|Authors||Lapsiwala SB, Pyle GM, Kaemmerle AW, Sasse FJ, Badie B|
|Journal||J. Neurosurg. Volume: 96 Issue: 5 Pages: 872-6|
|Publish Date||2002 May|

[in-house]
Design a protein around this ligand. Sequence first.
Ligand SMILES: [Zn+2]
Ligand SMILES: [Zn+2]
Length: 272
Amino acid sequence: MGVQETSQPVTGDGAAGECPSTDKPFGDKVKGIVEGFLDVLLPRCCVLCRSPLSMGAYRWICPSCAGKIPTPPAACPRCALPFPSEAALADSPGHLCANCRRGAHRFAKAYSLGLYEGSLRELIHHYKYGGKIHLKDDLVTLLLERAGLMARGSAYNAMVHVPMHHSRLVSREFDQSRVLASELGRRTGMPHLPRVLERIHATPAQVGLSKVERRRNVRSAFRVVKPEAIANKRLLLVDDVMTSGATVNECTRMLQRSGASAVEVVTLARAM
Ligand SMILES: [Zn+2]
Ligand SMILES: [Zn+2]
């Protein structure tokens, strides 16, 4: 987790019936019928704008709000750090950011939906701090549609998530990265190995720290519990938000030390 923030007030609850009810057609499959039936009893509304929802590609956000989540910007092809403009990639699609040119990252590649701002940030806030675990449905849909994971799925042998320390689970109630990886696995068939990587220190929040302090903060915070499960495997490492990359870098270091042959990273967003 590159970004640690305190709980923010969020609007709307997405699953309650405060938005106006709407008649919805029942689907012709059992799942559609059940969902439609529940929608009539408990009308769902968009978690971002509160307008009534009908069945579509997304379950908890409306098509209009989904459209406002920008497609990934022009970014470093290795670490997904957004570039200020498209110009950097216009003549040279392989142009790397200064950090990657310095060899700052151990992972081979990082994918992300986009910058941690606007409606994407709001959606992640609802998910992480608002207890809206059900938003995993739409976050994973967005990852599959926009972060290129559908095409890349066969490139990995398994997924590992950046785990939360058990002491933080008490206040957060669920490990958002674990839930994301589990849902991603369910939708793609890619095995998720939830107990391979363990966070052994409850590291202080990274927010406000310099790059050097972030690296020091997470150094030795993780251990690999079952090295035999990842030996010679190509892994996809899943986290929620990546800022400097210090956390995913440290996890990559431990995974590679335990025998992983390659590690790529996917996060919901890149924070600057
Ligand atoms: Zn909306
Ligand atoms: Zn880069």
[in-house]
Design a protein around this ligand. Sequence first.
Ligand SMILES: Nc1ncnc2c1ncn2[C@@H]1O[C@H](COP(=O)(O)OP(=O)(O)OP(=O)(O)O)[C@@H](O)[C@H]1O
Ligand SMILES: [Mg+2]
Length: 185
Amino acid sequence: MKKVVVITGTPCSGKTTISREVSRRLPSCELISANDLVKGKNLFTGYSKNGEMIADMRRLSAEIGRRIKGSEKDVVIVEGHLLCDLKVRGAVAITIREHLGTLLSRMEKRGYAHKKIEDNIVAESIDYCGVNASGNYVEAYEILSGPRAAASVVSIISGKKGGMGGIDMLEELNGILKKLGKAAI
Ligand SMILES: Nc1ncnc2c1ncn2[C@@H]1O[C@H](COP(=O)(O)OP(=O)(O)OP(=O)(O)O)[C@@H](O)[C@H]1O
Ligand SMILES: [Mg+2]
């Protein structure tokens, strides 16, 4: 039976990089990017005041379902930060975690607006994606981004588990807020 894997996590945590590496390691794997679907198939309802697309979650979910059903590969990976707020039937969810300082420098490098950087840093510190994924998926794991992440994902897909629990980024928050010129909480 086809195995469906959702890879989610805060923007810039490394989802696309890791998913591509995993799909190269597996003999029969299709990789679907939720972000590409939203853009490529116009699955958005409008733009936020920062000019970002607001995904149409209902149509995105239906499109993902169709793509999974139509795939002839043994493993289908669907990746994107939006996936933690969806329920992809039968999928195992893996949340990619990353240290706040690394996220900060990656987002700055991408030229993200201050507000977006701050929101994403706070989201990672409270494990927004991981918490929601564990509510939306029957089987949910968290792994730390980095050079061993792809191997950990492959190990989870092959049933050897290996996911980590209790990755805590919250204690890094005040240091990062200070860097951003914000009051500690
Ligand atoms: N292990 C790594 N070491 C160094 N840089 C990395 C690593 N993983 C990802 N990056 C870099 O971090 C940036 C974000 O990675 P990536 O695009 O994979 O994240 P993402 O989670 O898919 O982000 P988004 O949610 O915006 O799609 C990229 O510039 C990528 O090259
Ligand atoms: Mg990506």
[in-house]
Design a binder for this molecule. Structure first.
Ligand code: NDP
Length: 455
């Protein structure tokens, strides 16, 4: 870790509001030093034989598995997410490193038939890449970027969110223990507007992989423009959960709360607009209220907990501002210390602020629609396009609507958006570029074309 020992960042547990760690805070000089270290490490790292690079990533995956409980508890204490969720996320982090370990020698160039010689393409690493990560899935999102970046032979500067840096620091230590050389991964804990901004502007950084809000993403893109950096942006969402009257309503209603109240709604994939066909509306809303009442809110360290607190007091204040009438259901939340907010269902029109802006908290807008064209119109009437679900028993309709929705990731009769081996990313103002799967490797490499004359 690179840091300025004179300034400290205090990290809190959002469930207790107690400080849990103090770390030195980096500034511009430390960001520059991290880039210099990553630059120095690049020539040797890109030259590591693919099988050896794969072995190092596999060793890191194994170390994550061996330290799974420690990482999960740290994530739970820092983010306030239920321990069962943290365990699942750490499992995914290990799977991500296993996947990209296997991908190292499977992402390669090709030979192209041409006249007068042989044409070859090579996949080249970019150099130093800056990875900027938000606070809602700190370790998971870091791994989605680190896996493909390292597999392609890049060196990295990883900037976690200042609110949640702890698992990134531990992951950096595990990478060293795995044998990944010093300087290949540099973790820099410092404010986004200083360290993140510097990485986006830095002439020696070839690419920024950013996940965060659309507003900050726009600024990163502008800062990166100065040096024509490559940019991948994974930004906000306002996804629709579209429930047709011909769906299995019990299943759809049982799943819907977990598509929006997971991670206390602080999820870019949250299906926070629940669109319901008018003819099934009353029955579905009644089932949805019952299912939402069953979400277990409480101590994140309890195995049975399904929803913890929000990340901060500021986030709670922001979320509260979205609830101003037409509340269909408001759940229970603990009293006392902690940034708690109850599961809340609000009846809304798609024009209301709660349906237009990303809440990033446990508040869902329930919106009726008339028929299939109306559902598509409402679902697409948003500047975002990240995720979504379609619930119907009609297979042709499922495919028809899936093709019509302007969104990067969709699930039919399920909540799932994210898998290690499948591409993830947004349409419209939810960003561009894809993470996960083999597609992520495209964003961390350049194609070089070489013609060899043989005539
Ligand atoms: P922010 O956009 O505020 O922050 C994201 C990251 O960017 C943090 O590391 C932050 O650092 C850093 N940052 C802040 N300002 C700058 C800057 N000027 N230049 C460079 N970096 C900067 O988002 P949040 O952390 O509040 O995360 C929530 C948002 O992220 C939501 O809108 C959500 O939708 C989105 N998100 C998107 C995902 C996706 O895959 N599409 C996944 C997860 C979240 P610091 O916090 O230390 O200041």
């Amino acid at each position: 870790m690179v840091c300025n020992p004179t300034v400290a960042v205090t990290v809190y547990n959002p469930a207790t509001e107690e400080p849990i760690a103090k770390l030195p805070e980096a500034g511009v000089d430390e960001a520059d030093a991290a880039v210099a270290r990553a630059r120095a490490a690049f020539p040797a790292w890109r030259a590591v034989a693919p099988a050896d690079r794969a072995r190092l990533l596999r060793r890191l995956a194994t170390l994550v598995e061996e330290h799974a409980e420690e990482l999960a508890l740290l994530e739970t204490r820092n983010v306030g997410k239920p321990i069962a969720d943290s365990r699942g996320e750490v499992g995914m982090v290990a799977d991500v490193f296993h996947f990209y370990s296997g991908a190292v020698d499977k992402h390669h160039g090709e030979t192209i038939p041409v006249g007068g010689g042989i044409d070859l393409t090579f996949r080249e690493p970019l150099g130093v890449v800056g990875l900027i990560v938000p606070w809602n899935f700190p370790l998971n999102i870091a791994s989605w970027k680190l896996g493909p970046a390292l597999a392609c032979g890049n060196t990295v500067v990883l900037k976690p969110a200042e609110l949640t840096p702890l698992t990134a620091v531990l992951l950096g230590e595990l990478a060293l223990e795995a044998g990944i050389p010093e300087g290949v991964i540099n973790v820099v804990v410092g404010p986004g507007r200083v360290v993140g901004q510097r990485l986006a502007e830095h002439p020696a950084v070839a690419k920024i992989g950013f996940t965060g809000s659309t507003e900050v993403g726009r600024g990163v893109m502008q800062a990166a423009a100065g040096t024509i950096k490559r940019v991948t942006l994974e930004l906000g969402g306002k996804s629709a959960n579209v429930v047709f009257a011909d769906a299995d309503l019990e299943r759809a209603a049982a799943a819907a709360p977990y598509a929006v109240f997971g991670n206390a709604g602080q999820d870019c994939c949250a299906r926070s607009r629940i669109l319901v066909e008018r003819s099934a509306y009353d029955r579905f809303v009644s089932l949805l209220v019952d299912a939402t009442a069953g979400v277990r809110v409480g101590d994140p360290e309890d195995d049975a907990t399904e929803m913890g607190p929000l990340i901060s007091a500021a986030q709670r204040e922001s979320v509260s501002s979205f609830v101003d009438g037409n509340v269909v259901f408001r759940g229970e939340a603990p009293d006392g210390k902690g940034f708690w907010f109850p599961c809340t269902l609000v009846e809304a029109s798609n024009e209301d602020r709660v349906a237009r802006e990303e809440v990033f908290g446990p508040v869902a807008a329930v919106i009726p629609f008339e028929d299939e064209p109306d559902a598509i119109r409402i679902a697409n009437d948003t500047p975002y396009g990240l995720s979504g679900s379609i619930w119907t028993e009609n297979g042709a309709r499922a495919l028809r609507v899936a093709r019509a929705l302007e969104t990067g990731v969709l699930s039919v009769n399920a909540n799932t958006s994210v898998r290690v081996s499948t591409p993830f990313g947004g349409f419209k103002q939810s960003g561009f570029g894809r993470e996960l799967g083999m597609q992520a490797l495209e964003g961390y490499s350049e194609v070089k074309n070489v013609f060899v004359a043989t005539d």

Hearing loss is the most common presenting symptom in patients who harbor a vestibular schwannoma (VS). Although mechanical injury to the cochlear nerve and vascular compromise of the auditory apparatus have been proposed, the exact mechanism of this hearing loss remains unclear. To test whether pressure on the cochlear nerve from tumor growth in the internal auditory canal (IAC) is responsible for this clinical finding, the authors prospectively evaluated intracanalicular pressure (ICaP) in patients with VS and correlated this with preoperative brainstem response.In 40 consecutive patients undergoing a retrosigmoid-transmeatal approach for tumor excision, ICaP was measured by inserting a pressure microsensor into the IAC before any tumor manipulation. Pressure recordings were correlated with tumor size and preoperative auditory evoked potential (AEP) recordings. The ICaP, which varied widely among patients (range 0-45 mm Hg), was significantly elevated in most patients (median 16 mm Hg). Although these pressure measurements directly correlated to the extension of tumor into the IAC (p = 0.001), they did not correlate to total tumor size (p = 0.2). In 20 patients in whom baseline AEP recordings were available, the ICaP directly correlated to wave V latency (p = 0.0001), suggesting that pressure from tumor growth in the IAC may be responsible for hearing loss in these patients.Tumor growth into the IAC results in elevation of ICaP and may play a role in hearing loss in patients with VS. The relevance of these findings to the surgical treatment of these tumors is discussed.